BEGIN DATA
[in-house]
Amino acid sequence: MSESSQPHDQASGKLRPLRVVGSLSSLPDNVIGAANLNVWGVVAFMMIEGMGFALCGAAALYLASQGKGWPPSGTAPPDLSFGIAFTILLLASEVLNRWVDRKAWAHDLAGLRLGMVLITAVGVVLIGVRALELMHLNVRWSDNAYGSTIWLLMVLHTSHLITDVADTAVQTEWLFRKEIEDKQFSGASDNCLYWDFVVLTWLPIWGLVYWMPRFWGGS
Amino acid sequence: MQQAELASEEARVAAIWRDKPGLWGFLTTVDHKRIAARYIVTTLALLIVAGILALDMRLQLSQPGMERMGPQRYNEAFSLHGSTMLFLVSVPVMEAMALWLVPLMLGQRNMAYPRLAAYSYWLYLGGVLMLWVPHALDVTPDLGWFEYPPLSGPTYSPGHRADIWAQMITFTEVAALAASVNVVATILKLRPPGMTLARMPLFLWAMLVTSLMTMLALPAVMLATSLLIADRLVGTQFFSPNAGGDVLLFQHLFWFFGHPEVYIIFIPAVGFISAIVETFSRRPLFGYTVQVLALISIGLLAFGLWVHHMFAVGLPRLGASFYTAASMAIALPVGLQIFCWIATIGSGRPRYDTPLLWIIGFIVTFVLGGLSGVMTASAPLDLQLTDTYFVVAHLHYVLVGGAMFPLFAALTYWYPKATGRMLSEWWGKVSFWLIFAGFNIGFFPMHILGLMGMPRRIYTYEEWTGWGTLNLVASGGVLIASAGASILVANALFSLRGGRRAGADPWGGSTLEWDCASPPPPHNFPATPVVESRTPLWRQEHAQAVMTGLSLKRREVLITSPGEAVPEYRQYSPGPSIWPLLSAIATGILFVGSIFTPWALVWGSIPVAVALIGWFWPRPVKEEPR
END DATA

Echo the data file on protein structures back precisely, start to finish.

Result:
[in-house]
Amino acid sequence: MSESSQPHDQASGKLRPLRVVGSLSSLPDNVIGAANLNVWGVVAFMMIEGMGFALCGAAALYLASQGKGWPPSGTAPPDLSFGIAFTILLLASEVLNRWVDRKAWAHDLAGLRLGMVLITAVGVVLIGVRALELMHLNVRWSDNAYGSTIWLLMVLHTSHLITDVADTAVQTEWLFRKEIEDKQFSGASDNCLYWDFVVLTWLPIWGLVYWMPRFWGGS
Amino acid sequence: MQQAELASEEARVAAIWRDKPGLWGFLTTVDHKRIAARYIVTTLALLIVAGILALDMRLQLSQPGMERMGPQRYNEAFSLHGSTMLFLVSVPVMEAMALWLVPLMLGQRNMAYPRLAAYSYWLYLGGVLMLWVPHALDVTPDLGWFEYPPLSGPTYSPGHRADIWAQMITFTEVAALAASVNVVATILKLRPPGMTLARMPLFLWAMLVTSLMTMLALPAVMLATSLLIADRLVGTQFFSPNAGGDVLLFQHLFWFFGHPEVYIIFIPAVGFISAIVETFSRRPLFGYTVQVLALISIGLLAFGLWVHHMFAVGLPRLGASFYTAASMAIALPVGLQIFCWIATIGSGRPRYDTPLLWIIGFIVTFVLGGLSGVMTASAPLDLQLTDTYFVVAHLHYVLVGGAMFPLFAALTYWYPKATGRMLSEWWGKVSFWLIFAGFNIGFFPMHILGLMGMPRRIYTYEEWTGWGTLNLVASGGVLIASAGASILVANALFSLRGGRRAGADPWGGSTLEWDCASPPPPHNFPATPVVESRTPLWRQEHAQAVMTGLSLKRREVLITSPGEAVPEYRQYSPGPSIWPLLSAIATGILFVGSIFTPWALVWGSIPVAVALIGWFWPRPVKEEPR